Reversal of dementia associated with Whipple's disease by trimethoprim-sulfamethoxazole, drugs that penetrate the blood-brain barrier

R J Ryser, R M Locksley, S C Eng, W O Dobbins, F D Schoenknecht, C E Rubin
Gastroenterology 1984, 86 (4): 745-52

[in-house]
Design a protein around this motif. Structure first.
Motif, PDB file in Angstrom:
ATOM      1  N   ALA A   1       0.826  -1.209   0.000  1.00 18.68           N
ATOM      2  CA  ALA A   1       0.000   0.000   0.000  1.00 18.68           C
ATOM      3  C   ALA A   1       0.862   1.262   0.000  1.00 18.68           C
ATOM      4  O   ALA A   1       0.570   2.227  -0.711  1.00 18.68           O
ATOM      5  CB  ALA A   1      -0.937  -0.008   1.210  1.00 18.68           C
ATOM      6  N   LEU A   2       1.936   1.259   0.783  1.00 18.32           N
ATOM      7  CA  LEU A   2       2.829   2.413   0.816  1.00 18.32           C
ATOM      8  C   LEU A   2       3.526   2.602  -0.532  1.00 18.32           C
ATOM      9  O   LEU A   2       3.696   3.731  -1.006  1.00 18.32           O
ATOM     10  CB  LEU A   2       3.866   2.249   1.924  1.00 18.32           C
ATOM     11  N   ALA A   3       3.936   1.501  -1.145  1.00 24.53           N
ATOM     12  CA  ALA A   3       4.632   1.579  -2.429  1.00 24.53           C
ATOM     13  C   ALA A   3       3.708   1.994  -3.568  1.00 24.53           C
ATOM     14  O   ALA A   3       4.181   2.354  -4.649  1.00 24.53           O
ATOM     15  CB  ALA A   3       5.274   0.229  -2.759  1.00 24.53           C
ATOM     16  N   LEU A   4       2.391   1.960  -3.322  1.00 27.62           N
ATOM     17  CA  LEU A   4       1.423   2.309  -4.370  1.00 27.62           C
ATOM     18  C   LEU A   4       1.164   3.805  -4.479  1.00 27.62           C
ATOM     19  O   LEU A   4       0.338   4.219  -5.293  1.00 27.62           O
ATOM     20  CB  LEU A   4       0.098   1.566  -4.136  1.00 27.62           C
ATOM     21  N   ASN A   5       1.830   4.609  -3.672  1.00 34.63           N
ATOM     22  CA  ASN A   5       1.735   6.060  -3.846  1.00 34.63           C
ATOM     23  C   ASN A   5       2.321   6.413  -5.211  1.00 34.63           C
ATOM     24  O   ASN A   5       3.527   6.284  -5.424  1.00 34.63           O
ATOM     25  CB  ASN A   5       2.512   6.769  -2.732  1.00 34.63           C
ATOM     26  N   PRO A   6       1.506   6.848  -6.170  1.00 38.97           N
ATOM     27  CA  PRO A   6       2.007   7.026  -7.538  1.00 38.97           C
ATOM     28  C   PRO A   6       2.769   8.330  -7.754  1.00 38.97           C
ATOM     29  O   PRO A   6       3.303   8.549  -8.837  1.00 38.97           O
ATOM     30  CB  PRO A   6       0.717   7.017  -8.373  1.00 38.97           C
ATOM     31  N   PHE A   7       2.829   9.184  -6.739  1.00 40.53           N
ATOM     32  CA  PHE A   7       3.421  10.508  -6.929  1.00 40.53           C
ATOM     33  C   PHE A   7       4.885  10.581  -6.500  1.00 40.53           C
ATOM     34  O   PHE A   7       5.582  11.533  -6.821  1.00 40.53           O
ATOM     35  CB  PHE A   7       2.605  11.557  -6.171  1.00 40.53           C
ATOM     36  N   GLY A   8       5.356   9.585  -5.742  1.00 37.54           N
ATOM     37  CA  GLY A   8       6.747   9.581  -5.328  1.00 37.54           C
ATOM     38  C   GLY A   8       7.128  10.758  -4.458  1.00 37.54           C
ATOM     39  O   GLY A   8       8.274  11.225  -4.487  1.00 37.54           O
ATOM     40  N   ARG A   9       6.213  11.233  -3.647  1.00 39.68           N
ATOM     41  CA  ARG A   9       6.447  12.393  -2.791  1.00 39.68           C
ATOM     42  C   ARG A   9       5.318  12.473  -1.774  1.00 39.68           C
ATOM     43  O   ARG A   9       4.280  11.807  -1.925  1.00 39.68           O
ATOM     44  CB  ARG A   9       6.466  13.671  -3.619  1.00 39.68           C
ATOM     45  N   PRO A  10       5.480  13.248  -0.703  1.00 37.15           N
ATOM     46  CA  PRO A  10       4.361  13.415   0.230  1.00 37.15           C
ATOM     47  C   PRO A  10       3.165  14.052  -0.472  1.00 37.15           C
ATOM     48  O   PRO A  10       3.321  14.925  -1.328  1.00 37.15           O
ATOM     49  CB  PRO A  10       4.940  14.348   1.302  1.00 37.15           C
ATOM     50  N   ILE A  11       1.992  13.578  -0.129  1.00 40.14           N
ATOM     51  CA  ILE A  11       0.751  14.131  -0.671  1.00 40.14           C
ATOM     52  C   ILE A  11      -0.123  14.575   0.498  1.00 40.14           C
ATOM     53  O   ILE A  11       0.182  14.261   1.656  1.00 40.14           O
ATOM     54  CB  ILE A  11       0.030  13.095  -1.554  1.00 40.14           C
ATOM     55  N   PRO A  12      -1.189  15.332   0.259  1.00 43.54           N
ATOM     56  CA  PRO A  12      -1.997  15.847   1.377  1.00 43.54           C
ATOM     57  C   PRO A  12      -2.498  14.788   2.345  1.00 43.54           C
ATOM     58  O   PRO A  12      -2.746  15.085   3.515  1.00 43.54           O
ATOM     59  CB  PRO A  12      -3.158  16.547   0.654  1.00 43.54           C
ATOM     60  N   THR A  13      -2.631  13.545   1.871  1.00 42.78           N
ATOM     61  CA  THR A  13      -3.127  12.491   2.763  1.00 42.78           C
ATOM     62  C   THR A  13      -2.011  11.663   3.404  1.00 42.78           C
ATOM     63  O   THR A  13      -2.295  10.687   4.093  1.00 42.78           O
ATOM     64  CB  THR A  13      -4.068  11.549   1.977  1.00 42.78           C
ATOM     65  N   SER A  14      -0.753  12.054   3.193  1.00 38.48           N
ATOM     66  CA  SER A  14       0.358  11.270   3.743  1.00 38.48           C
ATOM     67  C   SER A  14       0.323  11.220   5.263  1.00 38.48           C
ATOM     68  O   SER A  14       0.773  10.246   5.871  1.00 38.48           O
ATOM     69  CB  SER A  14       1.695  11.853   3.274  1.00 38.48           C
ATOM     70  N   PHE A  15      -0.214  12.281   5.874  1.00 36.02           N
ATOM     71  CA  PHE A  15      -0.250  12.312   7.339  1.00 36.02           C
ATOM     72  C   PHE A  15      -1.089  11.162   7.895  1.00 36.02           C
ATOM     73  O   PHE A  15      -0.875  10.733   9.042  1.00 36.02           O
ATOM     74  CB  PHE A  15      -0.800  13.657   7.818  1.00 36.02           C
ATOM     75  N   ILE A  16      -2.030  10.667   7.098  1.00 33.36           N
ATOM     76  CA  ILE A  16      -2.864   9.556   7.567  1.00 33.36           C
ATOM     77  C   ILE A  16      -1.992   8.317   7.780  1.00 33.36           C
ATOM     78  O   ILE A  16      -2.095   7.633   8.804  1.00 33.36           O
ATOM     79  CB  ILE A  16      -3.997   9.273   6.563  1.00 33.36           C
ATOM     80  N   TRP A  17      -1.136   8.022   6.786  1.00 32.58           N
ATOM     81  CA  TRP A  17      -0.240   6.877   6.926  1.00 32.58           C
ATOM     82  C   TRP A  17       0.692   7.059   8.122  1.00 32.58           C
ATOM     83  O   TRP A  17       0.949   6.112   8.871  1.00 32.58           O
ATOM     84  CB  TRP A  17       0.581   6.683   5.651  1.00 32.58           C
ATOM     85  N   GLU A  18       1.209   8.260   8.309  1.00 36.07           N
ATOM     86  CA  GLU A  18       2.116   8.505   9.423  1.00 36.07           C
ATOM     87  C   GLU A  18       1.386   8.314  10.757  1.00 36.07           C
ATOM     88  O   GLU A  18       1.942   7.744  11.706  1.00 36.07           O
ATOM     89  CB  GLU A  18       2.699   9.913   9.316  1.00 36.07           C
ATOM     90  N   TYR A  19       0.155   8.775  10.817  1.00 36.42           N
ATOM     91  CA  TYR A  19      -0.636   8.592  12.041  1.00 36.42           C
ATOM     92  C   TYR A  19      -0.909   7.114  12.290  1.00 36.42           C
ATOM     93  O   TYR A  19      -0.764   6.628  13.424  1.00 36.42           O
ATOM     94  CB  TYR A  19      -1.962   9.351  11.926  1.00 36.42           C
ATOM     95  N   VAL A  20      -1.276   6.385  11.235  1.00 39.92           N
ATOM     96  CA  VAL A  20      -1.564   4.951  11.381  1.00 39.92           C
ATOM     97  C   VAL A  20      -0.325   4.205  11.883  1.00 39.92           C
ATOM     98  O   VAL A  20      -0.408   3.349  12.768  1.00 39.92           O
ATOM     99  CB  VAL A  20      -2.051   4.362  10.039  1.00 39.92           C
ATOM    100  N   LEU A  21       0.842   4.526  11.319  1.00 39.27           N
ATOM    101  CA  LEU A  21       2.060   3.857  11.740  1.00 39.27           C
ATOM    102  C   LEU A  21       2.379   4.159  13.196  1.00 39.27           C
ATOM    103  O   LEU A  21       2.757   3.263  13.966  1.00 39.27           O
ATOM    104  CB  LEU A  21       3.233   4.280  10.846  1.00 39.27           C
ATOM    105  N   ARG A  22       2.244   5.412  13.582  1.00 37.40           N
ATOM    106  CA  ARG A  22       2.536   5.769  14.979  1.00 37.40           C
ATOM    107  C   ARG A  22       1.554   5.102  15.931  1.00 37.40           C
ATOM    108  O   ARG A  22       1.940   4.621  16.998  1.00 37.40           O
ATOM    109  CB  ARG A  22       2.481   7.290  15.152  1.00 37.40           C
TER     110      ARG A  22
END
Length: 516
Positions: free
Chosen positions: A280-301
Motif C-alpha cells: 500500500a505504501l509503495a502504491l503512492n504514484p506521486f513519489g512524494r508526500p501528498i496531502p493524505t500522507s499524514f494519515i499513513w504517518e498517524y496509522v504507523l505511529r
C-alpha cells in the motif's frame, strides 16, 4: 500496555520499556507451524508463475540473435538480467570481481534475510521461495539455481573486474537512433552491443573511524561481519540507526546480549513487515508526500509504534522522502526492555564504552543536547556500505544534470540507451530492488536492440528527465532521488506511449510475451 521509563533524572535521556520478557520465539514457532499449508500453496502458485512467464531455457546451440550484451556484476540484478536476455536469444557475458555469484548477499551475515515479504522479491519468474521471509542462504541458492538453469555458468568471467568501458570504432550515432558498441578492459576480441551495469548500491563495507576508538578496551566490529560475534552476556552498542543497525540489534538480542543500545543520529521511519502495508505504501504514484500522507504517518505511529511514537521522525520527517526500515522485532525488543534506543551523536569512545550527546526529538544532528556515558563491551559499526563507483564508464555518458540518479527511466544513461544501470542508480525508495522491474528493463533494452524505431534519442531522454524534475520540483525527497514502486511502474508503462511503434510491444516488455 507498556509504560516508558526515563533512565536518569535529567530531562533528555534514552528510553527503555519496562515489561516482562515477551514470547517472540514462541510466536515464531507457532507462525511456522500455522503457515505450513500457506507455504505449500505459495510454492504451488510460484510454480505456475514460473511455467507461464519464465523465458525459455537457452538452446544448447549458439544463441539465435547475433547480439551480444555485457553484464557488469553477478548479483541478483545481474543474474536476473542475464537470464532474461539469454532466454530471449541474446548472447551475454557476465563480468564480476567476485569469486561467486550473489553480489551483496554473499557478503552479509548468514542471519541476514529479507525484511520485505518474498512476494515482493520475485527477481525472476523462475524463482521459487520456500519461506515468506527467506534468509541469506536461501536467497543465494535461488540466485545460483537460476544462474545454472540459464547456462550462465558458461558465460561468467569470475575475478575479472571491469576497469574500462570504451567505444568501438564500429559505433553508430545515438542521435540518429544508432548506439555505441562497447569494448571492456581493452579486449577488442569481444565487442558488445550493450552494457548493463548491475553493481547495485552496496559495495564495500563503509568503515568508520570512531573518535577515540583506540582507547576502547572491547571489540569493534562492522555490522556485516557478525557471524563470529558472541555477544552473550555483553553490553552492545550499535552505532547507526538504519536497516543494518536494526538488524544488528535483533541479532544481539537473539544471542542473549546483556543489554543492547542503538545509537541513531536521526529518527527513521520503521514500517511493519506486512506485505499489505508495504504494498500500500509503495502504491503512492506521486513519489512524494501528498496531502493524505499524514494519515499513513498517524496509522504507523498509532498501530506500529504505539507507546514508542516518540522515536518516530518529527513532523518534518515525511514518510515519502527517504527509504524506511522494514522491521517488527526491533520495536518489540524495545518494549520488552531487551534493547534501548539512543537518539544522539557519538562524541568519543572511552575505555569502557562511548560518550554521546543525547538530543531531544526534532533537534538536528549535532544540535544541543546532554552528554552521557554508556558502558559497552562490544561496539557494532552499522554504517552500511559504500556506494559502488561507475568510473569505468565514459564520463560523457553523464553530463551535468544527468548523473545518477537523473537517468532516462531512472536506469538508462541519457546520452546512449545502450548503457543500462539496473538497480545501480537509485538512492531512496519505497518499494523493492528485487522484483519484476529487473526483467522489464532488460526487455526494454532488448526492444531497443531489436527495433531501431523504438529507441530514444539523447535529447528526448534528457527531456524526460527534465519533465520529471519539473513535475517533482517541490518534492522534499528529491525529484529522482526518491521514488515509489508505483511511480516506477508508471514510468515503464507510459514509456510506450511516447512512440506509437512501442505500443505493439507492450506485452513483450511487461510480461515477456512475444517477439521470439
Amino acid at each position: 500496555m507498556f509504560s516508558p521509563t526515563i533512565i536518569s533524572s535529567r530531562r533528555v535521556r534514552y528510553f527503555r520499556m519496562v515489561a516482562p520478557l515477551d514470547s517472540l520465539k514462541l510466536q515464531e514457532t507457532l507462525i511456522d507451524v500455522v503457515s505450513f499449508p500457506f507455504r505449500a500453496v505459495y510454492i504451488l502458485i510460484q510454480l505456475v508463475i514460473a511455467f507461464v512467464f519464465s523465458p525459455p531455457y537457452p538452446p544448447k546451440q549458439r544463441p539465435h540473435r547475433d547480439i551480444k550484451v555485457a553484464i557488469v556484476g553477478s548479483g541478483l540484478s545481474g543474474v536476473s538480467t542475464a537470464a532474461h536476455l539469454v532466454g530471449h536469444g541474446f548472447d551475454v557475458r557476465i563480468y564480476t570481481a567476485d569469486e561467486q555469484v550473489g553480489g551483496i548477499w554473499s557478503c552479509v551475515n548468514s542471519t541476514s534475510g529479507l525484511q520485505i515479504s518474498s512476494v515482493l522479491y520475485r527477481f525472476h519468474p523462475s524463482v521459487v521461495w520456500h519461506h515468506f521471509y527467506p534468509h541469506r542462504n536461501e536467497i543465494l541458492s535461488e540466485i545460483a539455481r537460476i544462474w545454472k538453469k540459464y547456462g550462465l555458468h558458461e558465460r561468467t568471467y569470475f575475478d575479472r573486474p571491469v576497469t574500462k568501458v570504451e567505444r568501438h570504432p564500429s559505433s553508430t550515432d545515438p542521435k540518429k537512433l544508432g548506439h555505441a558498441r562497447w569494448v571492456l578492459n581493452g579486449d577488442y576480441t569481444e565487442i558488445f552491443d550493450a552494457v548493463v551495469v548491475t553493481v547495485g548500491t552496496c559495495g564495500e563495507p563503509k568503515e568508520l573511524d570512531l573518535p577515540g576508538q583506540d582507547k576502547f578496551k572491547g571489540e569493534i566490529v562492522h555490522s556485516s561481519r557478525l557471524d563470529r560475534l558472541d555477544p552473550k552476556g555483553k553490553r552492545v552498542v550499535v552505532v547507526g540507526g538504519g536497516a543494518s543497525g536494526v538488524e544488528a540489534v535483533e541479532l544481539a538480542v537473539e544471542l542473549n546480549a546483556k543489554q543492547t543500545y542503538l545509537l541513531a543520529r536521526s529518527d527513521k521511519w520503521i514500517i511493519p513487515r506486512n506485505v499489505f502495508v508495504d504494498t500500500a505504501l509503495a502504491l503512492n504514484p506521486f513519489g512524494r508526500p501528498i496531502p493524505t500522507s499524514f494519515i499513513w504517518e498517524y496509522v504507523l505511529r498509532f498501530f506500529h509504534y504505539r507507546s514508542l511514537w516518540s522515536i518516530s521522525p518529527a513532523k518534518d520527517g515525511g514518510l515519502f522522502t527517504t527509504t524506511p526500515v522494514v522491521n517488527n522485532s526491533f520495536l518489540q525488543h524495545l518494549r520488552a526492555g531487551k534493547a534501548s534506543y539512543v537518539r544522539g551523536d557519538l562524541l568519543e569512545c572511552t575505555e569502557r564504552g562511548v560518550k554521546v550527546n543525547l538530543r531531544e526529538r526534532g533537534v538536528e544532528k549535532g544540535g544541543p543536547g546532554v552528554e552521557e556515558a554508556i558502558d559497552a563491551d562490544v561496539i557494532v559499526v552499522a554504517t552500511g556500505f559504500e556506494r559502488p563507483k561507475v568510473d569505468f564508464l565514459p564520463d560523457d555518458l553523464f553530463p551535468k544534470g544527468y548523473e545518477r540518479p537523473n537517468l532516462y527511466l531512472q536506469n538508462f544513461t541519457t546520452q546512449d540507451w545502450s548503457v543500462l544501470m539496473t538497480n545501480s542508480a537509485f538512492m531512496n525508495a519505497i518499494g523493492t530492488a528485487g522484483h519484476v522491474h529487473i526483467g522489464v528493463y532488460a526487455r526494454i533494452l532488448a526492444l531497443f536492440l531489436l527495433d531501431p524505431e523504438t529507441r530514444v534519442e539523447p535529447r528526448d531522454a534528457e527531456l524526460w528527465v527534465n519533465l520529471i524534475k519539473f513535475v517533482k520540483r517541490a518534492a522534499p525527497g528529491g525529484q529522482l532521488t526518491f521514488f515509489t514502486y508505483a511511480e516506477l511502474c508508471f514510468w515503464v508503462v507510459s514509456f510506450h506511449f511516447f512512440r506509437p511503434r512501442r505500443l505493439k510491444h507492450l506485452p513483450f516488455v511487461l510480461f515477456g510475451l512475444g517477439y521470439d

A previously healthy 67-yr-old man presented with progressive dementia over an 11-mo period. Evaluation revealed evidence of malabsorption. Jejunal biopsy established the diagnosis of Whipple's disease. No other etiology for the patient's dementia was uncovered. Treatment with trimethoprim-sulfamethoxazole resulted in rapid elimination of Whipple's bacilli from the jejunum and complete reversal of the patient's dementia over a 6-mo period. Significant levels of trimethoprim and sulfamethoxazole were easily quantitated in the cerebrospinal fluid during therapy. There is increasing recognition of progressive neurologic disease in patients with Whipple's disease who were treated with tetracycline. The reversal of presumed central nervous system disease in this case suggests that drugs that penetrate the blood-brain barrier might be preferable for the initial treatment of Whipple's disease.

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